Taryn Simon is best known for “The Innocents,” a series documenting cases of wrongful conviction in the United States. In her new show and book, “An American Index” (recently on display at The Photographers’ Gallery, London), she goes about documenting secret places in America that have rarely been seen by the public eye: the bureau of engraving and printing, a cryogenics facility, a hymenoplasty, a site for testing fireworks. As Simon notes below, “the process is indebted to both imagination and the internet, followed by an incessant amount of letter writing and phone calling.”

Simon’s photographs have been exhibited nationally and internationally, including at the Whitney Museum of American Art, New York and the Kunst-Werke Institute for Contemporary Art, Berlin. She is a graduate of Brown University and a Guggenheim Fellow. All images appear courtesy the artist and the Gagosian Gallery, New York. All images © Taryn Simon, all rights reserved.

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Where did this project begin? Where’s the appeal for things that are off-limits?

Its genesis was a photograph I took five years ago at The Palace of the Revolution in Cuba. It was something that I responded to aesthetically; it was more abstract and ambiguous than past work I have produced. It floated in a disorienting space until it crashed to earth through its caption. Its success was bound to its content. It was a space that is inaccessible to the public and largely un-photographed. After September 11th, when the American government and media was so deeply invested in finding secret sites (the inaccessible) beyond its borders, I decided to look inward—to find the hidden and unfamiliar, the out-of-view and off-the-radar within American borders.

Bringing the walled-off to public view has a sense of Robin Hood. What was going through your mind when you were going behind the closed doors in all these different sites?

Like most reveals—I was confronted with vulnerabilities. To see the innards is often disillusioning. You see the mold, the cracks, the true size and form. So much was caught in time; felt un-evolved. But I had only reached another perch.

In “The Innocents,” you showed us convicts who were wrongly convicted. With these secret places, you’re bringing us what we’re supposed to be forbidden to see. Do you have a sense when you’re shooting that you’re working on behalf of one side or the other, the subject or the audience?

I’m working for myself and responding to certain anxieties that I need to confront, particularly in “An American Index.” I’m very aware, in the end result, of both the subject and the audience, and more importantly photography’s engagement with both. My focus on text and controlling the context in each image and the series as a whole is in direct response to this.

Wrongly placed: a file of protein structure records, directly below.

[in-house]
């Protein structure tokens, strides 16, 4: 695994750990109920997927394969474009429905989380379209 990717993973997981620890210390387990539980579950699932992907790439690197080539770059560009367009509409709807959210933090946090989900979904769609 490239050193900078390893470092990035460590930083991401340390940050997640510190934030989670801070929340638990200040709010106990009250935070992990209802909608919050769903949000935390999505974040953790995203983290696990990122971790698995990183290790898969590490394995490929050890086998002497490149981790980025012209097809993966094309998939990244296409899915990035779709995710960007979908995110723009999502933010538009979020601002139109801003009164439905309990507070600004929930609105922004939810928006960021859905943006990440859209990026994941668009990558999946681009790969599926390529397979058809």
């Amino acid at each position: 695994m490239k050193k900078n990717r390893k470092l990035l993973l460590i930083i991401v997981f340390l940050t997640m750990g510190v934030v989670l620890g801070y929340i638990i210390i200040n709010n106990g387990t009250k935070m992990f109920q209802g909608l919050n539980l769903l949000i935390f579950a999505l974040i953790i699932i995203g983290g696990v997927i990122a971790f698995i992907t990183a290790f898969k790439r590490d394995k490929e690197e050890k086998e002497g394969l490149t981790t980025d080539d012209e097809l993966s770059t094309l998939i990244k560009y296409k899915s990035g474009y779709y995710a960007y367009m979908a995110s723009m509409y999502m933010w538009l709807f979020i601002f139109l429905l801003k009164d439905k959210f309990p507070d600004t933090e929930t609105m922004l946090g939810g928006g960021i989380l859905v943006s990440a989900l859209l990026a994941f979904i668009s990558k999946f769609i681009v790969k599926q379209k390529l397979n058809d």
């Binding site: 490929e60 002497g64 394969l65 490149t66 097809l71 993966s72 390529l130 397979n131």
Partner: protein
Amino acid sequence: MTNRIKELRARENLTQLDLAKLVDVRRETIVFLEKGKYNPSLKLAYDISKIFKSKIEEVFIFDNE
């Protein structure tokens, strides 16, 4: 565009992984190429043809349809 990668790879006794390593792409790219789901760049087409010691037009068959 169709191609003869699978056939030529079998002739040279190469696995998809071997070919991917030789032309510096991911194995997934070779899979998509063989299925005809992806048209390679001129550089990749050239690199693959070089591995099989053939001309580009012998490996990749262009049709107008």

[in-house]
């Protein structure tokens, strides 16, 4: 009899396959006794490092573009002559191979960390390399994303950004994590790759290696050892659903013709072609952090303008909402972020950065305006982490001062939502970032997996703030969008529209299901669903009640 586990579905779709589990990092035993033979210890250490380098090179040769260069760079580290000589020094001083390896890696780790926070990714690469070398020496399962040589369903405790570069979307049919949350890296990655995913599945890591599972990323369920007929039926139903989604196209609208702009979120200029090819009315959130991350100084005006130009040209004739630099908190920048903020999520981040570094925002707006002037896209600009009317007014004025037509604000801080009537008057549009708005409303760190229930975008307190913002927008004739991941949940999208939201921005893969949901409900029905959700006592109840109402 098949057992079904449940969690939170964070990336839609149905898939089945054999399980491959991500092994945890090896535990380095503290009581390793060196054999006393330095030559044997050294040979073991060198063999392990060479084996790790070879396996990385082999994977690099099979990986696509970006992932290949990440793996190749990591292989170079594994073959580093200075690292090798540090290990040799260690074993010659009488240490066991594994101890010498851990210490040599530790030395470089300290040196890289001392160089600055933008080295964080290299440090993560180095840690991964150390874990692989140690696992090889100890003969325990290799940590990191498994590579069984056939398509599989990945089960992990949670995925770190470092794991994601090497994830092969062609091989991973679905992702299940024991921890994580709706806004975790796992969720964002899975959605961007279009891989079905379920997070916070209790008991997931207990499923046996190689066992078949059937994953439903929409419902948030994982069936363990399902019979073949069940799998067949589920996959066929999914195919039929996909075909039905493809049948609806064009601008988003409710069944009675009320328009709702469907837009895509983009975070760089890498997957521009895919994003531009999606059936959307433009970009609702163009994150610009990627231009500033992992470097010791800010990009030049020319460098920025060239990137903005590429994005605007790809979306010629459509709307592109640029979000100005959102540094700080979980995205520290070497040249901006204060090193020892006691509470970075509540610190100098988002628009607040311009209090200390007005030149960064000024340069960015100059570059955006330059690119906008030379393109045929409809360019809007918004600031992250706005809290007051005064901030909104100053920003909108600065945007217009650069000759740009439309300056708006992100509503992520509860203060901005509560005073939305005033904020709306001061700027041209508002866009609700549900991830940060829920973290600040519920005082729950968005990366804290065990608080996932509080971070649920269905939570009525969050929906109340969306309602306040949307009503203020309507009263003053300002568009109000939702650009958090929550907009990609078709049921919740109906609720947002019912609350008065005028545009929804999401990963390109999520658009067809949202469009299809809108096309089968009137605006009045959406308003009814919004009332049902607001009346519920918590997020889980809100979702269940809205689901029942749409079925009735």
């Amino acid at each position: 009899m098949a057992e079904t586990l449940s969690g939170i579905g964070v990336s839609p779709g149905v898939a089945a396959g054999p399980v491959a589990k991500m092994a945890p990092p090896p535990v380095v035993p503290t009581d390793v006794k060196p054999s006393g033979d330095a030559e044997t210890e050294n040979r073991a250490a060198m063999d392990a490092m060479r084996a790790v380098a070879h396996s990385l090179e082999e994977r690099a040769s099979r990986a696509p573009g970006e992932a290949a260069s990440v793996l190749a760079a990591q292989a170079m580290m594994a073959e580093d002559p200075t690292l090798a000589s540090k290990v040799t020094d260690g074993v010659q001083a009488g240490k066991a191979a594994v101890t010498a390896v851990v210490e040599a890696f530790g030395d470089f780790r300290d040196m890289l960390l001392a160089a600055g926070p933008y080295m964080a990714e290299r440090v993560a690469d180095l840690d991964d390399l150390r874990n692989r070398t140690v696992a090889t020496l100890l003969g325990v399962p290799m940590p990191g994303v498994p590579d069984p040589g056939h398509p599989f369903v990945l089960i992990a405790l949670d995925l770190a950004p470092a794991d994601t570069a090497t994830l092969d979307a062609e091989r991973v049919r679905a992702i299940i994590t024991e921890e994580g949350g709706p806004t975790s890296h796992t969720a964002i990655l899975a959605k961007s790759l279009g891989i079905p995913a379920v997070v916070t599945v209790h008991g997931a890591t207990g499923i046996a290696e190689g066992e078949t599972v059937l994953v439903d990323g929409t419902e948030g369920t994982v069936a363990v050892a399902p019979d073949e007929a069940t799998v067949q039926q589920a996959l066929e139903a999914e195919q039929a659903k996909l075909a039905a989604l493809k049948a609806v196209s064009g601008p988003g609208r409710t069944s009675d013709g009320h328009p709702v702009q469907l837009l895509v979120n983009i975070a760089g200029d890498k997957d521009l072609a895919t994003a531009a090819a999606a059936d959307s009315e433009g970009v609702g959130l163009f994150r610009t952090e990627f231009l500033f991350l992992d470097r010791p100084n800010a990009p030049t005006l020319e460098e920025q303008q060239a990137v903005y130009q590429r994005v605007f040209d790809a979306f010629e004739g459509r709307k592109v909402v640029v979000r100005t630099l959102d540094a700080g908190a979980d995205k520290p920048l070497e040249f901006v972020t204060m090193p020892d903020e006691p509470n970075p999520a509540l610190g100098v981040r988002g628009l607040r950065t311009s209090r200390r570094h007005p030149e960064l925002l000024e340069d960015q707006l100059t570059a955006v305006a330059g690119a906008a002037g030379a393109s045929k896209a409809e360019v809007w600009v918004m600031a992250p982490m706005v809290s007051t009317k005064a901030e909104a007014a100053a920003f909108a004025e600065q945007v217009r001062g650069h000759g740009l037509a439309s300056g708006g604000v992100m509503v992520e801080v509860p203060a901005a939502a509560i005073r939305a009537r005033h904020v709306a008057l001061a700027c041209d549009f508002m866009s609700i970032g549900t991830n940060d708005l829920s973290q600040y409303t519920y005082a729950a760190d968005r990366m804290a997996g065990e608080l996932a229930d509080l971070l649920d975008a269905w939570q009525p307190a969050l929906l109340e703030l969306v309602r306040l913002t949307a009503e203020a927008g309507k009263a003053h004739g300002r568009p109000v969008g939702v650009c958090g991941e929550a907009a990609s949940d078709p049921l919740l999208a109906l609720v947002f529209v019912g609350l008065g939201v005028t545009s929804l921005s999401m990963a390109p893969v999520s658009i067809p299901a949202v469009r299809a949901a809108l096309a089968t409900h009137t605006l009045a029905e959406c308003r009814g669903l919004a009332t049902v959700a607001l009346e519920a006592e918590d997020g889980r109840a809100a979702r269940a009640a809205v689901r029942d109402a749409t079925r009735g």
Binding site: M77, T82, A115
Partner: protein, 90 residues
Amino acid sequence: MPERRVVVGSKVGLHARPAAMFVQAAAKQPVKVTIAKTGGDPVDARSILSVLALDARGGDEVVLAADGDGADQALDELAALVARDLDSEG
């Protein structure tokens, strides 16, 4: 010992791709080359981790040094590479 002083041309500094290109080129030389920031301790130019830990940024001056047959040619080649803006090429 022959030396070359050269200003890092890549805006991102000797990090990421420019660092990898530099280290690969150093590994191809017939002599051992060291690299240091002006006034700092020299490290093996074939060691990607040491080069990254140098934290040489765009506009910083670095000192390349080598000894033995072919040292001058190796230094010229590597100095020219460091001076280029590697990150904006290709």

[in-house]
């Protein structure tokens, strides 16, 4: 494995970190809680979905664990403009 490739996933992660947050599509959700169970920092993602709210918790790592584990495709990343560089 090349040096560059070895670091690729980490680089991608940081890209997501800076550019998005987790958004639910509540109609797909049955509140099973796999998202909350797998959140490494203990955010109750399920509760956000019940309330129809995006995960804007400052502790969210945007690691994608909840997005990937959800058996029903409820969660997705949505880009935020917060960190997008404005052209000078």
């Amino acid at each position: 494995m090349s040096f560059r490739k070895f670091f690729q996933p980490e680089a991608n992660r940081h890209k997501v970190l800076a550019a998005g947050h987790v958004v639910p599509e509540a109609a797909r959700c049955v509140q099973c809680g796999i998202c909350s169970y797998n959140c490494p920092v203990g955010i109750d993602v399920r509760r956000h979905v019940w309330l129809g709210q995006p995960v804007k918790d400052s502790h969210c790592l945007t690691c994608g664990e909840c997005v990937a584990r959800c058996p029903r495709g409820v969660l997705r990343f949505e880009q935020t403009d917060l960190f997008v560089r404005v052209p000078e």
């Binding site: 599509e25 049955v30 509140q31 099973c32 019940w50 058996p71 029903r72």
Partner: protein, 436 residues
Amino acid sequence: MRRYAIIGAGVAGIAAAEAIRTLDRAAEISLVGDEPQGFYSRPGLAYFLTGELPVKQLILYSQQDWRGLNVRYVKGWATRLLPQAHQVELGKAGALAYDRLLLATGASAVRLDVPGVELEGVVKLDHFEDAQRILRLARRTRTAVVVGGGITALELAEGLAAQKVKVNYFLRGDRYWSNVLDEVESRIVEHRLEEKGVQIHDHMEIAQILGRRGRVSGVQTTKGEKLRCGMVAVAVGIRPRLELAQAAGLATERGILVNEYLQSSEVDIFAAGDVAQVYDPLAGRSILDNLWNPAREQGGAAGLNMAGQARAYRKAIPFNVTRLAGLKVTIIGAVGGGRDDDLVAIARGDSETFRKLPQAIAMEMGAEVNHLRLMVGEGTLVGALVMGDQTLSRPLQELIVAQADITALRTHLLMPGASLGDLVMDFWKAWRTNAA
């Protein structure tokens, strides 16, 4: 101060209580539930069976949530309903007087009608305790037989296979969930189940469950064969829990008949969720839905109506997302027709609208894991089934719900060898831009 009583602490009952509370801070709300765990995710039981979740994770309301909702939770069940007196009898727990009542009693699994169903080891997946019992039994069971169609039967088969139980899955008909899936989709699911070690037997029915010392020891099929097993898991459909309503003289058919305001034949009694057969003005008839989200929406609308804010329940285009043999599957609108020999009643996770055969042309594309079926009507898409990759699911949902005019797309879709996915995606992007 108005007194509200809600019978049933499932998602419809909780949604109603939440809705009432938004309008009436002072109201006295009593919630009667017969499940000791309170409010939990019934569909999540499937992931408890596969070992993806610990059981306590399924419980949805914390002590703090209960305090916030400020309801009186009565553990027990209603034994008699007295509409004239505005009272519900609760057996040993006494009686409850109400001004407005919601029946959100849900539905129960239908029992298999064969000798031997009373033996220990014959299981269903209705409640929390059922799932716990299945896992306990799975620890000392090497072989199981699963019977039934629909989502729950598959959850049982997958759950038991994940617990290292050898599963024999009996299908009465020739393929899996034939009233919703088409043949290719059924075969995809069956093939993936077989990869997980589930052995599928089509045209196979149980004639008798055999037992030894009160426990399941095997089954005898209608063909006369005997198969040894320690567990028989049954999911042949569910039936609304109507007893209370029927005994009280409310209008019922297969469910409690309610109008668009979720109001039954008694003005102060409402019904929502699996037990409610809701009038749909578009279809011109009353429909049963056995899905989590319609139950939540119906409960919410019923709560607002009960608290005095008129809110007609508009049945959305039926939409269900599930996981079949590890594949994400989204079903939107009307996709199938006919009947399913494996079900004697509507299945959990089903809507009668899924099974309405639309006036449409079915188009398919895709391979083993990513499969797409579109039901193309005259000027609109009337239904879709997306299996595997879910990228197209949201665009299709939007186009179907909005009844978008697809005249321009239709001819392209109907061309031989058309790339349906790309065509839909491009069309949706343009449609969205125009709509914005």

How did you go about tracking down access to your locations?

The process is indebted to both imagination and the internet, followed by an incessant amount of letter writing and phone calling.

Was there somewhere you wanted to shoot for this series that you couldn’t get access to?

There were several sites, most notably Disney. I had requested access to their underground facility where characters reveal their true identities, where cars, garbage and the ugly, pragmatic, necessary breaks in the fantasy exist. Their response was far better than any photograph I could have ever taken.

It read:

“After giving your request serious consideration, even though it is against company policy to consider such a request, it is with regret that I inform you that we are not willing to grant the permission you seek…As you are aware, our Disney characters, parks and other valuable properties have become beloved by young and old alike, and with this comes a tremendous responsibility to protect their use and the protection we currently enjoy. Should we lapse in our vigilance, we run the risk of losing this protection and the Disney characters as we know and love them….Especially during these violent times, I personally believe that the magical spell cast on guests who visit our theme parks is particularly important to protect and helps to provide them with an important fantasy they can escape to.” (Excerpted from a faxed response from Disney Publishing Worldwide, July 7, 2005.)

Rosecrans Baldwin co-founded TMN with publisher Andrew Womack in 1999. His latest book is Everything Now: Lessons From the City-State of Los Angeles. More information can be found at More by Rosecrans Baldwin